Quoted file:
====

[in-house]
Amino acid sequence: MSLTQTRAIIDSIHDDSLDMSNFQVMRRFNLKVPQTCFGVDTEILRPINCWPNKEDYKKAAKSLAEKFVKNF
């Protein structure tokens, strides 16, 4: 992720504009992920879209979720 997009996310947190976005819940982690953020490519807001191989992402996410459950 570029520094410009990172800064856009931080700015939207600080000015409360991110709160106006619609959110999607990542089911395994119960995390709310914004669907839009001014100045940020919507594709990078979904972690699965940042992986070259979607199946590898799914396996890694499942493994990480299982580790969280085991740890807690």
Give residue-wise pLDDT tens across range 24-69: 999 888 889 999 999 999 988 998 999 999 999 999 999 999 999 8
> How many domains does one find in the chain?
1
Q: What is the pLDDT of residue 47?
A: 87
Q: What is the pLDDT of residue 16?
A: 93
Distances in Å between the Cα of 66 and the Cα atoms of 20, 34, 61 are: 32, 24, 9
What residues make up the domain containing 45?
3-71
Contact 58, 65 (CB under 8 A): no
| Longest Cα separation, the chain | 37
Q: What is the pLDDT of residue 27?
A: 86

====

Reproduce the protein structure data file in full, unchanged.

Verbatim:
[in-house]
Amino acid sequence: MSLTQTRAIIDSIHDDSLDMSNFQVMRRFNLKVPQTCFGVDTEILRPINCWPNKEDYKKAAKSLAEKFVKNF
């Protein structure tokens, strides 16, 4: 992720504009992920879209979720 997009996310947190976005819940982690953020490519807001191989992402996410459950 570029520094410009990172800064856009931080700015939207600080000015409360991110709160106006619609959110999607990542089911395994119960995390709310914004669907839009001014100045940020919507594709990078979904972690699965940042992986070259979607199946590898799914396996890694499942493994990480299982580790969280085991740890807690």
Give residue-wise pLDDT tens across range 24-69: 999 888 889 999 999 999 988 998 999 999 999 999 999 999 999 8
> How many domains does one find in the chain?
1
Q: What is the pLDDT of residue 47?
A: 87
Q: What is the pLDDT of residue 16?
A: 93
Distances in Å between the Cα of 66 and the Cα atoms of 20, 34, 61 are: 32, 24, 9
What residues make up the domain containing 45?
3-71
Contact 58, 65 (CB under 8 A): no
| Longest Cα separation, the chain | 37
Q: What is the pLDDT of residue 27?
A: 86